Mexica practiced anthropophagy and the meat of the sacrificed was eaten by individuals of high social rank

06/05/2021

Fragments of human bones with cut marks and prolonged exposure to fire have corroborated that during the Postclassic period (900 to 1521 A.D.), rulers, priests and some warriors of certain ranks practiced anthropophagy in religious rituals. This is the result of a research by archaeologist Gabino Lopez Arenas on skulls, tibias, fibulas, humeri and mandibles found in offerings from the Templo Mayor and other precincts near the historic center of the capital.

The analysis of anthropophagy in the Mexica people is part of the thesis Decapitation and dismemberment in rituals of the ceremonial precinct of Tenochtitlan: an interpretation of its symbolism. The osteological evidence found within the area that encompassed the Sacred Precinct of Tenochtitlan, allows proposing that the individuals were decapitated and dismembered, most of them when they still possessed soft tissues.

It was observed that the victims immediately after being immolated were disemboweled, since a great amount of bony parts presented cuts or alterations that were made in fresh bone and traces that were directly exposed to the fire.

The purpose of the practice of anthropophagy was to absorb the divine force housed in the body of the sacrificed. For the Mexica, the human victims were the incarnation of the gods they represented, and by eating their flesh, they practiced a kind of communion with the divinity.

The meat of the sacrificed was eaten in certain ceremonies by individuals of high social rank, but it never became a regular part of their diet.

Lopez Arenas cited in his study the Spanish writer Francisco Cervantes Salazar, who in referring to the ritual of anthropophagy detailed that legs and arms were the most appreciated portions and the most frequently eaten, but that hands and feet were exclusive to the high priest and the ruler.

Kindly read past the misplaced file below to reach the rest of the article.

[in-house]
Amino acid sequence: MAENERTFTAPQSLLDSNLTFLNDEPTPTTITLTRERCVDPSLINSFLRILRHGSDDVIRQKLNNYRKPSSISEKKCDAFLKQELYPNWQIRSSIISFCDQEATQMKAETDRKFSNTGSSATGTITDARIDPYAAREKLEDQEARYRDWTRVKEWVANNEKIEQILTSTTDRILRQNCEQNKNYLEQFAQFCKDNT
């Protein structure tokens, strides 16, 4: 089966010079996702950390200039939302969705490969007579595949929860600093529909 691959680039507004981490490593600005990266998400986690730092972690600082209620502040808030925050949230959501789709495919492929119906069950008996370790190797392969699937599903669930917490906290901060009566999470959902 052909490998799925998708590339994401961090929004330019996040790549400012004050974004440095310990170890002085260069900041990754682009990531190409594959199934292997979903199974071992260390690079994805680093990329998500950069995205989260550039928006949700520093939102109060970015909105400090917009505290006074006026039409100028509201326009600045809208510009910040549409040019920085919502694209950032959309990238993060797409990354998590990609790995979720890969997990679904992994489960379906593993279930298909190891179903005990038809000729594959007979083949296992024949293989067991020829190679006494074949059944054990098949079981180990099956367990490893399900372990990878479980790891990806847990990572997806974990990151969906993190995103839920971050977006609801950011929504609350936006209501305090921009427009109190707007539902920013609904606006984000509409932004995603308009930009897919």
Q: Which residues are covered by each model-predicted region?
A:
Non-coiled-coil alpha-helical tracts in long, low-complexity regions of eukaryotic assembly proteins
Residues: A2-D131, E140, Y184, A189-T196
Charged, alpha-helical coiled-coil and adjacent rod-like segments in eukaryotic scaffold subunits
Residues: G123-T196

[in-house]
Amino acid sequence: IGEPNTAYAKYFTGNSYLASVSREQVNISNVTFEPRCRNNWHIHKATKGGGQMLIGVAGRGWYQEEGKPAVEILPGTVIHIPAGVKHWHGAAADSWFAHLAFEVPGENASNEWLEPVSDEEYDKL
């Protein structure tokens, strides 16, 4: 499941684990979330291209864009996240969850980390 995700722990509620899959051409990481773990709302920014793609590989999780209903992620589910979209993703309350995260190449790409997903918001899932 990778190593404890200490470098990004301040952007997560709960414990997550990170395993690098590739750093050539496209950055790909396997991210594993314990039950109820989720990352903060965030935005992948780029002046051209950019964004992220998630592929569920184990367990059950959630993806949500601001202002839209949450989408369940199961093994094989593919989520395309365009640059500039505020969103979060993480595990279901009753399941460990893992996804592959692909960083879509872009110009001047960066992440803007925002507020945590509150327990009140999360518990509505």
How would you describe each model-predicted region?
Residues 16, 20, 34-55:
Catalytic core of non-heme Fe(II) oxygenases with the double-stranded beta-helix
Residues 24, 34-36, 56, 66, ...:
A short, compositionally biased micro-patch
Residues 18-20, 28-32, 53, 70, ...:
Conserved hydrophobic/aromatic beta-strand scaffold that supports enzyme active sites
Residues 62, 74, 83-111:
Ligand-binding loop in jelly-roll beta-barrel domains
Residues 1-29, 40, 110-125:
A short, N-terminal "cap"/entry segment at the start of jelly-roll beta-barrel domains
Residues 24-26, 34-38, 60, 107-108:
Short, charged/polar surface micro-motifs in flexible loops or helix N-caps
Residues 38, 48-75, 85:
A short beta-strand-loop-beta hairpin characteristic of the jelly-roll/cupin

"That these parts were given to this personage was a distinction, since they were considered the most liked. As for the blood, this was never consumed, since it was exclusive food of the gods."

The researcher added in his text a quote from Diego Durán, who wrote that within the Mexica militia one of the privileges of the warriors who acquired the rank of tequihua was to be able to eat human flesh in certain ceremonies. To achieve this rank they had to have taken at least four prisoners in battle.

"At certain feasts they could wear cotton and bring shoes into the palace, eat male flesh and drink wine. In addition, they could receive part of the tribute given by the conquered peoples," wrote Durán.

These rituals were performed on specific dates. For example, in the festivities of the first month atlcahualo of the year in the Mexica calendar, children were sacrificed in honor of the gods of water or rain, and after death they were cooked and eaten.

While in the month tlacaxipehualizli, those sacrificed in the temple of Huitzilopochtli were devoured in the house of the warrior who captured them. "They cooked the meat and gave each diner a piece in a bowl or cajete".

Another religious ritual of the Mexica was the symbolic theophagy, which took place in the feast of the god Huitzilopochtli in the month panquetzaliztli, whose image was made with dough made of amaranth seeds, which in a simulated way was sacrificed and dismembered and its pieces distributed among the community to be eaten.

The victims destined to the sacrifice were provided by the warriors, the occupational groups and eventually the tlaloques (helpers of the gods) or lords. These could be of any sex and age, it is known that they were generally war captives or slaves, and on rare occasions they were townspeople or nobility.

The human offerings were delivered to the priests so that they carried out the ritual occision (violent death), and thus they contributed the vital energy of the human beings to the gods: that of the captive warriors would be destined to the Sun and that of the slaves to the gods of the water and the maintenances.

By Mexicanist, Source: INAH